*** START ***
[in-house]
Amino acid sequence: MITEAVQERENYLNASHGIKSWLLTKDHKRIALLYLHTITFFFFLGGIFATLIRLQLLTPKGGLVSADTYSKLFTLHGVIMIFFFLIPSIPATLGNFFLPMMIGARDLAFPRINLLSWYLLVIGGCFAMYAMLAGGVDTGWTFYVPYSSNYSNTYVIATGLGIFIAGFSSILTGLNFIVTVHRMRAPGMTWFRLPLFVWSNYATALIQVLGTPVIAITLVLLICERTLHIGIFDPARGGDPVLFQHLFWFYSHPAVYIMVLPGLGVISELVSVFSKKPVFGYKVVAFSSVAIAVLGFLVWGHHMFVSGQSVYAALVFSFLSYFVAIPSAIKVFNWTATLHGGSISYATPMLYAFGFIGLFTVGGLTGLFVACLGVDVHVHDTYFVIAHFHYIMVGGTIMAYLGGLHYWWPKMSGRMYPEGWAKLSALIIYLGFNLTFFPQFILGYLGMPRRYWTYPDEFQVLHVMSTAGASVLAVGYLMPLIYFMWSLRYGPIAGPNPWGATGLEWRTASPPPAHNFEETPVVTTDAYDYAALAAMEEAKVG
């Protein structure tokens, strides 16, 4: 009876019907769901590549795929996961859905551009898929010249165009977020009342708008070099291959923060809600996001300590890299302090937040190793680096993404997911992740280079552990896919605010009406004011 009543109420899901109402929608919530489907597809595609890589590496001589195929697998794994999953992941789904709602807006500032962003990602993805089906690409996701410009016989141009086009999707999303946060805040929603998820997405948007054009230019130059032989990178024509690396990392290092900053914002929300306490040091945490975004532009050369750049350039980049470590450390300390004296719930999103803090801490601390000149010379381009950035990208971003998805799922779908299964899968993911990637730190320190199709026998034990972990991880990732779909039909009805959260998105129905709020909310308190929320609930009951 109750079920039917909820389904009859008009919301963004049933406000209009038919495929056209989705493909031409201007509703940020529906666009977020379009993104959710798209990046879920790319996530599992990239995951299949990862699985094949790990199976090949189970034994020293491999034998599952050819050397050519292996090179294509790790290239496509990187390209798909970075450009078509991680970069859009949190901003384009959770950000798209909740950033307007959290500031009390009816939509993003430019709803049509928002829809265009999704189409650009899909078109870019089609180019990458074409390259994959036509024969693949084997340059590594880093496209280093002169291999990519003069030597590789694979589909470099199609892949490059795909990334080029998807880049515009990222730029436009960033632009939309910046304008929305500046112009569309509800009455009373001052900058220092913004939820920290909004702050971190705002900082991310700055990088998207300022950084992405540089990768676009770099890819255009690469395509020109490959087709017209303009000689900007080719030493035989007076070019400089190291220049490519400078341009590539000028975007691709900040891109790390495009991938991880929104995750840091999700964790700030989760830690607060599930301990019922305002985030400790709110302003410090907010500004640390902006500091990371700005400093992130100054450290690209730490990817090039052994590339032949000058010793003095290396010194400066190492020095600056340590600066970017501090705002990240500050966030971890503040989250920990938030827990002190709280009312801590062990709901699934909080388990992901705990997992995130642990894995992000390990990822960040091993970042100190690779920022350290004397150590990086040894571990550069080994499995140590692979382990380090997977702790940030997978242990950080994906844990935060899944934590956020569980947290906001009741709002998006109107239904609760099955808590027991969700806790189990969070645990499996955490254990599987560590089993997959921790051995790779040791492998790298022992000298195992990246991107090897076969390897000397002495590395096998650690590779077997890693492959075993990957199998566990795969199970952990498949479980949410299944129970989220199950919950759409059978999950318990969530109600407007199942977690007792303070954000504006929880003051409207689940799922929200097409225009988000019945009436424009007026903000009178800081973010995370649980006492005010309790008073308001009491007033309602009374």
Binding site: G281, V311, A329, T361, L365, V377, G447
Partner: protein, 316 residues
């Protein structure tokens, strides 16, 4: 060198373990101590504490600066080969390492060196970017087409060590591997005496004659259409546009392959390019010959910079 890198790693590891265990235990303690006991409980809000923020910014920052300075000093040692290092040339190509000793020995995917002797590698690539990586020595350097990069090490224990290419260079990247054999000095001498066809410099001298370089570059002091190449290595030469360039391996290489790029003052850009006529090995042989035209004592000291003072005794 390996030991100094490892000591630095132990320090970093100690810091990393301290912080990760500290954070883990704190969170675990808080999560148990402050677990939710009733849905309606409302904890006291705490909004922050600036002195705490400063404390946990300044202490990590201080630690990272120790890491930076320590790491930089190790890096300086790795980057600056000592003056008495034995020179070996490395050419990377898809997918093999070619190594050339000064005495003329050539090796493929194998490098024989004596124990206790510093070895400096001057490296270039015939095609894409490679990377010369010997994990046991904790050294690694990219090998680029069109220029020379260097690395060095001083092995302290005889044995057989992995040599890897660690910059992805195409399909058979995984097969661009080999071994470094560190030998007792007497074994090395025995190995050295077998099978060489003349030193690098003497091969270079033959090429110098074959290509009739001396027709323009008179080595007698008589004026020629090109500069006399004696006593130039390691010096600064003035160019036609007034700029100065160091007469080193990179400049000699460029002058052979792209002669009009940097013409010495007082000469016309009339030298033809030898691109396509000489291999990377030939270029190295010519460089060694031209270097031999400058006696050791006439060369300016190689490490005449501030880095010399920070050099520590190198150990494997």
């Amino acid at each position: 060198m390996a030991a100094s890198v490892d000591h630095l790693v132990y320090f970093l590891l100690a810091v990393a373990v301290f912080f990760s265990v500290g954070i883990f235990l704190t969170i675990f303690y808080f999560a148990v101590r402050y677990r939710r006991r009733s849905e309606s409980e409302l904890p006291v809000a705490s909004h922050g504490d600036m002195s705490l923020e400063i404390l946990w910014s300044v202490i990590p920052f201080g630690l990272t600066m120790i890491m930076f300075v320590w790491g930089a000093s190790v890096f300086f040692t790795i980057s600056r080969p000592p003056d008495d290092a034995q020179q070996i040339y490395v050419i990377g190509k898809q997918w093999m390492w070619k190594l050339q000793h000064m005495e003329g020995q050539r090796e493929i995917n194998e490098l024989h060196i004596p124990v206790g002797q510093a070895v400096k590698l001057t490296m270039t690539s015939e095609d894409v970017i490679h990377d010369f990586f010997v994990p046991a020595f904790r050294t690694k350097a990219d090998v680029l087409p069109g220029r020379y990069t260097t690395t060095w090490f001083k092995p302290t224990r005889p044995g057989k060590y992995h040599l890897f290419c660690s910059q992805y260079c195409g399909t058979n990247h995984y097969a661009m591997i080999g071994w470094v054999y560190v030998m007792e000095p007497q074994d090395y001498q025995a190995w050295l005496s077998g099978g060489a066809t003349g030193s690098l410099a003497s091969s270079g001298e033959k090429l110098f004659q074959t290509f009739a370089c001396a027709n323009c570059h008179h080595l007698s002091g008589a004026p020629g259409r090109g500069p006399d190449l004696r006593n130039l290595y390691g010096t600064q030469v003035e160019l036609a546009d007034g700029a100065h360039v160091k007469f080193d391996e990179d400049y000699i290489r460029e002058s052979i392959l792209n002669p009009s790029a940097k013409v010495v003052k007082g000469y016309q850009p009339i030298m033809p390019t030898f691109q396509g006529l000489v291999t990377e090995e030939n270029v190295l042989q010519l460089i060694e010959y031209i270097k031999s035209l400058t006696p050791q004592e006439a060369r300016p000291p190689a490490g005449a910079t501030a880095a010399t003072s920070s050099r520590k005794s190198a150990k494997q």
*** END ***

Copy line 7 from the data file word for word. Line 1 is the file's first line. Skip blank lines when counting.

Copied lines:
């Amino acid at each position: 060198m390996a030991a100094s890198v490892d000591h630095l790693v132990y320090f970093l590891l100690a810091v990393a373990v301290f912080f990760s265990v500290g954070i883990f235990l704190t969170i675990f303690y808080f999560a148990v101590r402050y677990r939710r006991r009733s849905e309606s409980e409302l904890p006291v809000a705490s909004h922050g504490d600036m002195s705490l923020e400063i404390l946990w910014s300044v202490i990590p920052f201080g630690l990272t600066m120790i890491m930076f300075v320590w790491g930089a000093s190790v890096f300086f040692t790795i980057s600056r080969p000592p003056d008495d290092a034995q020179q070996i040339y490395v050419i990377g190509k898809q997918w093999m390492w070619k190594l050339q000793h000064m005495e003329g020995q050539r090796e493929i995917n194998e490098l024989h060196i004596p124990v206790g002797q510093a070895v400096k590698l001057t490296m270039t690539s015939e095609d894409v970017i490679h990377d010369f990586f010997v994990p046991a020595f904790r050294t690694k350097a990219d090998v680029l087409p069109g220029r020379y990069t260097t690395t060095w090490f001083k092995p302290t224990r005889p044995g057989k060590y992995h040599l890897f290419c660690s910059q992805y260079c195409g399909t058979n990247h995984y097969a661009m591997i080999g071994w470094v054999y560190v030998m007792e000095p007497q074994d090395y001498q025995a190995w050295l005496s077998g099978g060489a066809t003349g030193s690098l410099a003497s091969s270079g001298e033959k090429l110098f004659q074959t290509f009739a370089c001396a027709n323009c570059h008179h080595l007698s002091g008589a004026p020629g259409r090109g500069p006399d190449l004696r006593n130039l290595y390691g010096t600064q030469v003035e160019l036609a546009d007034g700029a100065h360039v160091k007469f080193d391996e990179d400049y000699i290489r460029e002058s052979i392959l792209n002669p009009s790029a940097k013409v010495v003052k007082g000469y016309q850009p009339i030298m033809p390019t030898f691109q396509g006529l000489v291999t990377e090995e030939n270029v190295l042989q010519l460089i060694e010959y031209i270097k031999s035209l400058t006696p050791q004592e006439a060369r300016p000291p190689a490490g005449a910079t501030a880095a010399t003072s920070s050099r520590k005794s190198a150990k494997q």